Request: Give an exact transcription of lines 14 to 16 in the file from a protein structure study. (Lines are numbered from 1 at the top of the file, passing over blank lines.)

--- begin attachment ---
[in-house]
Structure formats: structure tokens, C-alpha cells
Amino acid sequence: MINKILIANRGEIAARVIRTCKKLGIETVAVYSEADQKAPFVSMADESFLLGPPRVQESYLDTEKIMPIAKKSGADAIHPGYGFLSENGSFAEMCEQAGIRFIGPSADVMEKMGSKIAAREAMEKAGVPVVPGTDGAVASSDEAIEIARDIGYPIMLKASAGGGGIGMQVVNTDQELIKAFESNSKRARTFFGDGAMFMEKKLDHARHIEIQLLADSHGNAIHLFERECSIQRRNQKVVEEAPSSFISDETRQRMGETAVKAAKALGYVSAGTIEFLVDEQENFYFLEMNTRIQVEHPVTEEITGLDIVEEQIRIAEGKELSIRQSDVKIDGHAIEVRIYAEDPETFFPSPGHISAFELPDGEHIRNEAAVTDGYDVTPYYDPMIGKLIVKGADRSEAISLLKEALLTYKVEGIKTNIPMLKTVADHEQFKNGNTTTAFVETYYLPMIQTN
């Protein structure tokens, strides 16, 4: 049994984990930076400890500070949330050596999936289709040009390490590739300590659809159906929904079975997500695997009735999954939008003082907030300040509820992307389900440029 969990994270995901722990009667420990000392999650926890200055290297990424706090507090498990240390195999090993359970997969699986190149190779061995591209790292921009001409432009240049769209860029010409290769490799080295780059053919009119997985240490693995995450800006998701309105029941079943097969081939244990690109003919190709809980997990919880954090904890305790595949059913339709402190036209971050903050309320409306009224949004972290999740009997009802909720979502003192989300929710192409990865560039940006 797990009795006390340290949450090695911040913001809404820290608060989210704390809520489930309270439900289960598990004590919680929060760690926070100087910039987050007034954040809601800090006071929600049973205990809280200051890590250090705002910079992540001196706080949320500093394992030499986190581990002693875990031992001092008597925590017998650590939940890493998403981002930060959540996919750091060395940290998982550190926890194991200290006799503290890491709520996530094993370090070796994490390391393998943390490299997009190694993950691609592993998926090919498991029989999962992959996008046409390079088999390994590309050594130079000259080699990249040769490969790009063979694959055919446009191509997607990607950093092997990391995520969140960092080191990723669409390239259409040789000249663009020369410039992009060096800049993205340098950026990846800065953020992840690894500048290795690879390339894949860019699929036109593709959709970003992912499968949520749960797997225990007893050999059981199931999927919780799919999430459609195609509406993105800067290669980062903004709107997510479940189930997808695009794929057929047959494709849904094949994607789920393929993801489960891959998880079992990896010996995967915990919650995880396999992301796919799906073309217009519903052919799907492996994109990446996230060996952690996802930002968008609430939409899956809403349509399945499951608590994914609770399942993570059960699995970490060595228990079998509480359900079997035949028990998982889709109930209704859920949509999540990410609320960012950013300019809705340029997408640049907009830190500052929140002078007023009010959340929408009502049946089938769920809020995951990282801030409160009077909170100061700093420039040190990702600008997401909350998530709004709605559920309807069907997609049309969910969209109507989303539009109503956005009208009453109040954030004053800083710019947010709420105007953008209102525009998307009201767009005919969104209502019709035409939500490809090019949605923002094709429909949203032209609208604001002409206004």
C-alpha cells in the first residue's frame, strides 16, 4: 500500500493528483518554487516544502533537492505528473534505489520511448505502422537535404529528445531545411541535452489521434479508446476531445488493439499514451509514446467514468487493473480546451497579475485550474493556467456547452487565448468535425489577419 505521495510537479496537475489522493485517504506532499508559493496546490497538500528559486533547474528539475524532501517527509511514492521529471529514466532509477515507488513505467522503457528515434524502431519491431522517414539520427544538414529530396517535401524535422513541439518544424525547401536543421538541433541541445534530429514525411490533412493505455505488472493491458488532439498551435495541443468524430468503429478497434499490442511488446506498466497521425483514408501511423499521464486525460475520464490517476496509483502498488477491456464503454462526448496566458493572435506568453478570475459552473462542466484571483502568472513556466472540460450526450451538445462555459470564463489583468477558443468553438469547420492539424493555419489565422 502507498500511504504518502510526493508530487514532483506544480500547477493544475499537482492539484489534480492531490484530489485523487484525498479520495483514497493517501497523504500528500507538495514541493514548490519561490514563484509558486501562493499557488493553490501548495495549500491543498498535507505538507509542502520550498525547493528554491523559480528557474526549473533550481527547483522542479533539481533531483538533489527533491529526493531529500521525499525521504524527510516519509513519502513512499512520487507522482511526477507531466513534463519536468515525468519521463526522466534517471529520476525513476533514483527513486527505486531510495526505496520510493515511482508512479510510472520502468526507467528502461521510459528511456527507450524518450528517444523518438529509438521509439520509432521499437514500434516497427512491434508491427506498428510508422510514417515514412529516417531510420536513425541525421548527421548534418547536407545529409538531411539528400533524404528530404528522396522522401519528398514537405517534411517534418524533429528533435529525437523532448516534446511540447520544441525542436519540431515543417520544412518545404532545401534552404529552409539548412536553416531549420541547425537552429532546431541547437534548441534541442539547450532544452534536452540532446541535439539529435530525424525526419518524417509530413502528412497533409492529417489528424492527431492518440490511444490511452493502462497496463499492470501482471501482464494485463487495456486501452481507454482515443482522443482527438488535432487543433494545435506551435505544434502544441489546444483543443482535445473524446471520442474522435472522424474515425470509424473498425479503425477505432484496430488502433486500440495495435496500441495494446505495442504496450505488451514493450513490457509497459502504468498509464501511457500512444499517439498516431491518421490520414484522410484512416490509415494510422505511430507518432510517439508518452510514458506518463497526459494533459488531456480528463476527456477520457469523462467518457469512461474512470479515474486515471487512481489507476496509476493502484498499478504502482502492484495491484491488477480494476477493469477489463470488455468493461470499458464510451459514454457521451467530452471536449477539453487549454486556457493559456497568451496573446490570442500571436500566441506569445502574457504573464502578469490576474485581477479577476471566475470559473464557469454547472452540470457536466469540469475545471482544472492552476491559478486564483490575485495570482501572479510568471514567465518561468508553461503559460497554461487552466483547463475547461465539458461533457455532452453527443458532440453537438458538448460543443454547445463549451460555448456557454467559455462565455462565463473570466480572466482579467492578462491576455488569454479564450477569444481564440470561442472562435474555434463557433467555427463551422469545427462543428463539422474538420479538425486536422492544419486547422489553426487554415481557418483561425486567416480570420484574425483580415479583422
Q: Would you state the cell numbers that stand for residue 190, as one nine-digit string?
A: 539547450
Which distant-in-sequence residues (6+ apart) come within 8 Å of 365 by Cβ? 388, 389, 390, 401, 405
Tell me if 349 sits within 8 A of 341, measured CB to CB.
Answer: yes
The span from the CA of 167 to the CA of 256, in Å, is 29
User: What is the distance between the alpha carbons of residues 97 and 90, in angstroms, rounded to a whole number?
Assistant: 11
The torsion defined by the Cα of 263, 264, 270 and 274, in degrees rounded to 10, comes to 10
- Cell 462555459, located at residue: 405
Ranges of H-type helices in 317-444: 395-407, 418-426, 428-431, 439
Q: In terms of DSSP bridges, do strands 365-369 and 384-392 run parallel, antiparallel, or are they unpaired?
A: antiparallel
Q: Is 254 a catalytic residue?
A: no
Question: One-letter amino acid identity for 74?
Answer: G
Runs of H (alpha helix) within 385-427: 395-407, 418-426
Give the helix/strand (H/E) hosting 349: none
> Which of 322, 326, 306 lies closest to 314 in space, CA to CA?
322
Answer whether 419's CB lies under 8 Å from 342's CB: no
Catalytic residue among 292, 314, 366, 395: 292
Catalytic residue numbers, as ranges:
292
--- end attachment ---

The torsion defined by the Cα of 263, 264, 270 and 274, in degrees rounded to 10, comes to 10
- Cell 462555459, located at residue: 405
Ranges of H-type helices in 317-444: 395-407, 418-426, 428-431, 439